|Marriage and the Welfare of England
One of the main problems that Elizabeth and her Parliament saw in accepting a marriage proposal by a foreigner was that he would surely put his own interests before the welfare of England. With bad memories of the marriage between Mary and Philip of Spain, the English people were rather reluctant to accept a foreigner on the throne (Weir 46). Although Elizabeth’s political power could be preserved to a certain degree as she married, it was no security against her husband’s proceedings as king (King 37). Even a queen had to be obedient to her husband, and Elizabeth was not about to give up her independence and power for anyone.
Still, Elizabeth kept on receiving marriage proposals
from abroad, and though she controlled her courtly wooers well, the conclusion
was that each one of the suitors had personal or political liabilities,
and frankly, she never had the intention to marry at all. After her refusal
to marry Philip, Elizabeth’s next marriage proposal came from the Habsburg
Emperor, Ferdinand I, who offered Elizabeth his bachelor son, the Archduke
However, a Protestant king who had wooed Elizabeth
since she was a young woman was King Erik of Sweden. But, since they were
both the head of their nations, Elizabeth simply stated that it was not
reasonable for either of them to leave their kingdoms in order to get married.
She certainly had no intention of leaving her baby, England, under any
circumstances (Weir 66). Many people thought that, in order to avoid having
a foreigner controlling England, including the problems connected with
accepting a king of different religion, Elizabeth should marry a Protestant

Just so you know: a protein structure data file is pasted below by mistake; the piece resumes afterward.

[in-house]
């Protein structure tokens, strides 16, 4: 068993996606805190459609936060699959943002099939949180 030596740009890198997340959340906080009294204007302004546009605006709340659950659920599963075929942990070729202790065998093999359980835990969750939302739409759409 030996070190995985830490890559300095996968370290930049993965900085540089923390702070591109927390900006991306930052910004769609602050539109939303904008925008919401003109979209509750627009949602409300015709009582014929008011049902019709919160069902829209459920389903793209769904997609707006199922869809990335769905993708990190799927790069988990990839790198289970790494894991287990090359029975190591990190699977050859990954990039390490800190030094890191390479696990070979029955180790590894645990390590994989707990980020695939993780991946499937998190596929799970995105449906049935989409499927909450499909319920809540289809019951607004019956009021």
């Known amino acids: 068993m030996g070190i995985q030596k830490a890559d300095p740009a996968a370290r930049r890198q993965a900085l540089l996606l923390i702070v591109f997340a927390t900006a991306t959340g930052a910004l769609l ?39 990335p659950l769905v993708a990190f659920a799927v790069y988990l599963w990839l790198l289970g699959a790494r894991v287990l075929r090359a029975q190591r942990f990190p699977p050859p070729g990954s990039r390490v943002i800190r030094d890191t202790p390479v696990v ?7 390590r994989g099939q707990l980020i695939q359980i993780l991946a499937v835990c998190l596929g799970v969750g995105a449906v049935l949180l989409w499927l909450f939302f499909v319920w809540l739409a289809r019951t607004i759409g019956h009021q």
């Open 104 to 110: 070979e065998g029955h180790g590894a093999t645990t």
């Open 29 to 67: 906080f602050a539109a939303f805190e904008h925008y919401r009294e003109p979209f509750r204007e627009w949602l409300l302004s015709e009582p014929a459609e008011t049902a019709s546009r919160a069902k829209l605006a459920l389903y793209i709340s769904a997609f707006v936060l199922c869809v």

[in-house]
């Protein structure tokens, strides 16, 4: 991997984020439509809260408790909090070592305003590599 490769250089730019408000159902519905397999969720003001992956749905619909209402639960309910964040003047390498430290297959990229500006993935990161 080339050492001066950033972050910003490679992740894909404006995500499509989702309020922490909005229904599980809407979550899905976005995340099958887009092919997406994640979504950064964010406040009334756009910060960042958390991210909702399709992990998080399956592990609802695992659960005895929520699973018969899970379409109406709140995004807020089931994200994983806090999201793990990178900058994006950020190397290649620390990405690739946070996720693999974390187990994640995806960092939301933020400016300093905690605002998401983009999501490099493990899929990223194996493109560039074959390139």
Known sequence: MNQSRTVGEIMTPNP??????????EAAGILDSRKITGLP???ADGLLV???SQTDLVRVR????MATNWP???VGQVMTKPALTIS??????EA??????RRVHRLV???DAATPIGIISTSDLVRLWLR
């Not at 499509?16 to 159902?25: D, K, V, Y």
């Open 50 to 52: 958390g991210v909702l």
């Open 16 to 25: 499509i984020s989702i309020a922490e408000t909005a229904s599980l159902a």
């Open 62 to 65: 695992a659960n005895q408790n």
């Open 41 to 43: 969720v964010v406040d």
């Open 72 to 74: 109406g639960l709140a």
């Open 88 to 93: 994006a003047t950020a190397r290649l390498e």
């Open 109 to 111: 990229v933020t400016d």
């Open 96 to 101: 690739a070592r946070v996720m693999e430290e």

Englishman. But like a mother who does not want to favor one child over
another, Elizabeth worried that there would be grave discontent and jealousy
between the nobles if she choose one of her subjects as her husband.
In October of 1562, when England was in the middle of a war with France, Elizabeth fell ill with the often fatal disease of smallpox. After less than a month, the queen was on the way to recovery, but during her illness, the Council had thought about the situation England would be left in if Elizabeth passed away. Thus new demands for her marriage and the naming of a successor fell upon Elizabeth (Somerset 155). A petition reached Elizabeth from the Houses of Lords and Commons, and as a response, she stated that as she was recovering from her sickness she still cared more about her subjects’ well being than her own. She also argued that naming a successor was not an easy task, given that she did not want England to fall into the wrong hands, as had happened when her sister Mary was at the throne. She concluded by explaining that even though many queens might come after her days were over, they would not be as “natural mother than I mean to be unto you all” (qtd. Weir 138). The facts that many women were subject to early menopause and a high rate of death in childbed contributed to the view that Elizabeth, at this time thirty years old, started to be too old to have children. Since Elizabeth had failed to choose a husband, the parliament stated that a successor was all they asked for. To this remark Elizabeth heatedly replied that “she was no less capable of childbirth than Saint Elizabeth, to whom God sent offspring despite her advanced years” (King 40).